An introduction from Thomas Hadfield on the eve of Carnival 2011.
Flags will soon be fluttering above the streets of Eynsham, signalling the arrival of yet another Carnival. Every year, on the first Saturday of July, the streets come alive with hordes of excited children, while adults relish the prospect of time with friends. The Carnival has been Eynsham’s most celebrated tradition since the end of World War Two, entertaining several generations and creating a sense of community in the village.
As its 65th anniversary approaches, what makes Eynsham Carnival so special: why is it thriving after so many years?
One secret of the Carnival's ongoing popularity is the provision of entertainment for adults and children alike. For a village child its appeal is unarguable. The fair that transforms Oxford Road recreation ground, where the main festivities take place, has young people of all ages saving pocket money for weeks. Classic attractions such as the dodgems, the crazy cottage and the Mexican hat are joined by various stalls and arcades to create a scintillating experience.
Furthermore, the parade beforehand offers a moment of glory for members of regular clubs, such as the beavers and brownies. Fortunate girls may even appear as Carnival queen or attendant, positions of pride in the Carnival procession.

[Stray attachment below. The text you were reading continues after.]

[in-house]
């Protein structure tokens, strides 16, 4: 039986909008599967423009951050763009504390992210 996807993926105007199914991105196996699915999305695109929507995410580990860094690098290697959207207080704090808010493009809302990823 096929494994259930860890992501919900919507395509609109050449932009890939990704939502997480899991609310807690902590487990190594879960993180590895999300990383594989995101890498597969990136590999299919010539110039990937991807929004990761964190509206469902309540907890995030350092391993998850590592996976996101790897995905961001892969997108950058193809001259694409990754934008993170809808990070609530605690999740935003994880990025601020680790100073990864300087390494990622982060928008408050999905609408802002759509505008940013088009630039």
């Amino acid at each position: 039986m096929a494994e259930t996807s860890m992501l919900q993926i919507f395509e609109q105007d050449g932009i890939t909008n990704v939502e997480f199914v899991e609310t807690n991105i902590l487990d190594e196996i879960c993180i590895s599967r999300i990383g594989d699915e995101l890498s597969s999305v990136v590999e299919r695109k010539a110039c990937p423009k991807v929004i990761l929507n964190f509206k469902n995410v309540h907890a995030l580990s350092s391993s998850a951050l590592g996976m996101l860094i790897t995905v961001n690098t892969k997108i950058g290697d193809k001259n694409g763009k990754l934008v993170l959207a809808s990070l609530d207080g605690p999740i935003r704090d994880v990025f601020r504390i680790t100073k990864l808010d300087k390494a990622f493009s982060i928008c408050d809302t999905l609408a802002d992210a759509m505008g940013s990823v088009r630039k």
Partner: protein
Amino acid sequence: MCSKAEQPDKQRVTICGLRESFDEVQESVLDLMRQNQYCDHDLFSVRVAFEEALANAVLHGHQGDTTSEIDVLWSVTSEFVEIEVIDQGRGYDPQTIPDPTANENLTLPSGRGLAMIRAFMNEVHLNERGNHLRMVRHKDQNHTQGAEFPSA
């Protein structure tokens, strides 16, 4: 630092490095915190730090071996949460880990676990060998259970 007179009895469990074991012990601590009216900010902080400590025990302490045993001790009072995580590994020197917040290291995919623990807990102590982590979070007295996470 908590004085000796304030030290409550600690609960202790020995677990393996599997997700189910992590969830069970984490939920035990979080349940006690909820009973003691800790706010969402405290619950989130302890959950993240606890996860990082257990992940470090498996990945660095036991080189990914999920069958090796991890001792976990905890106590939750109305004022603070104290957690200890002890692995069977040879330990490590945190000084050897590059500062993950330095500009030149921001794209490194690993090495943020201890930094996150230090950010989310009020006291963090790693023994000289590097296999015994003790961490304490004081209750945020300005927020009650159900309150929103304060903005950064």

If waltzing around the field with cuddly toys and a painted face has lost its charm, there is still plenty to do. The day holds far more for adults than a dull wait whilst kids enjoy the rides. Every year the smooth sound of a jazz band rolls across the field, creating a relaxed environment for everyone in the area. Opposite the band is a large beer tent, with cool refreshments to keep you in the mood. A BBQ supplies flame-grilled nutrition for bystanders, while other attractions such as the craft fair and performing artists draw in crowds from far and wide.
The Carnival is also cherished for its celebration of traditions, some of them unique to Eynsham since their decline in other areas. The famous Shirt Race is held in particularly high regard and evokes fond memories for countless Eynsham residents.
Since its inception in 1959 the formula has varied little, with dolled-up carts and prams careering from pub to pub. The contestants' costumes range from drag queens to gladiators to cartoon characters - with amusement much enhanced by the rule that half a pint must be sunk at every watering hole!
Another proud tradition on display at Carnival is Eynsham Morris Dancing. “Eynsham Morris has a long and distinguished history, which has been documented from 1856 and probably stretches back at least two hundred years before that.” While in many modern towns and villages the tradition has been lost over the decades, it still thrives at Eynsham Carnival. This keeps us in touch with our heritage and contributes to the day's uniqueness. Attributes like these make the Carnival dear to residents and provide “a great day out” for newcomers. May it continue for many years to come.
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Josie, whose funeral takes place on Wednesday. “She deserves a good send-off.”
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